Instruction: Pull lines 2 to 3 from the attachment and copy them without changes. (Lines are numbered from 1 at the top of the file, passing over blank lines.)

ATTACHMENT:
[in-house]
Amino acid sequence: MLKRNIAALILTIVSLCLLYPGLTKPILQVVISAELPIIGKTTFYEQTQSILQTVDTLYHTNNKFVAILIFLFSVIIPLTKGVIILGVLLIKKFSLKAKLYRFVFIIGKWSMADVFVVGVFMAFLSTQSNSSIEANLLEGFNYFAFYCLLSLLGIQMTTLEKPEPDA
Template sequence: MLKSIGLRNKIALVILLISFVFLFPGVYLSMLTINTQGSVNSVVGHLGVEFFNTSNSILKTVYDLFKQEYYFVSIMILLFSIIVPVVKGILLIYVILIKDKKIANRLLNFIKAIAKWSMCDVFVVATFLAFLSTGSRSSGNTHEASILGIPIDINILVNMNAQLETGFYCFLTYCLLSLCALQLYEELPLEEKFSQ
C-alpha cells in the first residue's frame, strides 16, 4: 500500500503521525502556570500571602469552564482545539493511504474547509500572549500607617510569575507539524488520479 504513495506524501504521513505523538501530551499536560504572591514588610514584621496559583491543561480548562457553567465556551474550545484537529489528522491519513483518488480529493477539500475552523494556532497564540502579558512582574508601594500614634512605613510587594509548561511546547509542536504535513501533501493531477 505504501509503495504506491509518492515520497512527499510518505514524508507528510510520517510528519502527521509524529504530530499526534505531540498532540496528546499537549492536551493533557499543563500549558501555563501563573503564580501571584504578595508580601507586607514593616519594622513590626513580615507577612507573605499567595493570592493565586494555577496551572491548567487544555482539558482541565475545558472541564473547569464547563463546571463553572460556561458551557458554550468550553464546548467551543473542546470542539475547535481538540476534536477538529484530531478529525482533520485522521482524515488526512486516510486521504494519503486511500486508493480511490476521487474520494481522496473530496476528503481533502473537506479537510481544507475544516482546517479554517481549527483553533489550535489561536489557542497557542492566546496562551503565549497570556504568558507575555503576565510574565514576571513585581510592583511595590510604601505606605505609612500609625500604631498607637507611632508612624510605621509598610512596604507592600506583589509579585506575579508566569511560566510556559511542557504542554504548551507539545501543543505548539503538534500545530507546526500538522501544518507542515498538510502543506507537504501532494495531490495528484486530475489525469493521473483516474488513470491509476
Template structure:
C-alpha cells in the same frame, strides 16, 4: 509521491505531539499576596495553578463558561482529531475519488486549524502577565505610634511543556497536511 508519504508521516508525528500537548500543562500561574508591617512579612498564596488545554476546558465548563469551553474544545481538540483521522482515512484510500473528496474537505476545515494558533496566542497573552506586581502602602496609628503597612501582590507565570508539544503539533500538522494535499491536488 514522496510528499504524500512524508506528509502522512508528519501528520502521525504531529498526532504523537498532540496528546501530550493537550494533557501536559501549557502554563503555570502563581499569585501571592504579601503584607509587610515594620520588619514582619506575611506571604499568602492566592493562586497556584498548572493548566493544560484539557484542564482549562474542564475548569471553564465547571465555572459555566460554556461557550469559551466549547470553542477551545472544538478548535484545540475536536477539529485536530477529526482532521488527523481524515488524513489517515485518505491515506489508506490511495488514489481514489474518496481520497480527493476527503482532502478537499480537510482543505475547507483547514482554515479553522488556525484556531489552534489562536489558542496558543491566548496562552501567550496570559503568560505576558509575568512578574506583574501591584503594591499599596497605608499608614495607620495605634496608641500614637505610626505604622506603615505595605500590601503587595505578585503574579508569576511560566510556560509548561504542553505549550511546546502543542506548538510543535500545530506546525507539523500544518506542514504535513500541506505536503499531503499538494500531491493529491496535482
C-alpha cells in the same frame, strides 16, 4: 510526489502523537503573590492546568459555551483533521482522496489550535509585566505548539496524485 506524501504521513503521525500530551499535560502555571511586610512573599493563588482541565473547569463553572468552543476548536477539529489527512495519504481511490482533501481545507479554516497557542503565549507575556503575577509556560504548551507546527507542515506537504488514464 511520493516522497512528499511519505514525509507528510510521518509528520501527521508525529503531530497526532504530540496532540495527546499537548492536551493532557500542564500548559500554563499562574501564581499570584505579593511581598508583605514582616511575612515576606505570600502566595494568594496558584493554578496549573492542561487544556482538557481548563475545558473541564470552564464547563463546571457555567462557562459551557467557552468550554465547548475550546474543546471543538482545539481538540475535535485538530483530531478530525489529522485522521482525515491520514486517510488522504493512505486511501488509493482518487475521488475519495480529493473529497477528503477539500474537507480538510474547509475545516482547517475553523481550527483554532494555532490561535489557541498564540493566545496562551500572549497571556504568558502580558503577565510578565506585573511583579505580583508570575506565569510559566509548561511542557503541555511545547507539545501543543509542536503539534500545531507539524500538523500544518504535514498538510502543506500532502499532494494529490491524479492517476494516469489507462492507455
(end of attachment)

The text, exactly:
Amino acid sequence: MLKRNIAALILTIVSLCLLYPGLTKPILQVVISAELPIIGKTTFYEQTQSILQTVDTLYHTNNKFVAILIFLFSVIIPLTKGVIILGVLLIKKFSLKAKLYRFVFIIGKWSMADVFVVGVFMAFLSTQSNSSIEANLLEGFNYFAFYCLLSLLGIQMTTLEKPEPDA
Template sequence: MLKSIGLRNKIALVILLISFVFLFPGVYLSMLTINTQGSVNSVVGHLGVEFFNTSNSILKTVYDLFKQEYYFVSIMILLFSIIVPVVKGILLIYVILIKDKKIANRLLNFIKAIAKWSMCDVFVVATFLAFLSTGSRSSGNTHEASILGIPIDINILVNMNAQLETGFYCFLTYCLLSLCALQLYEELPLEEKFSQ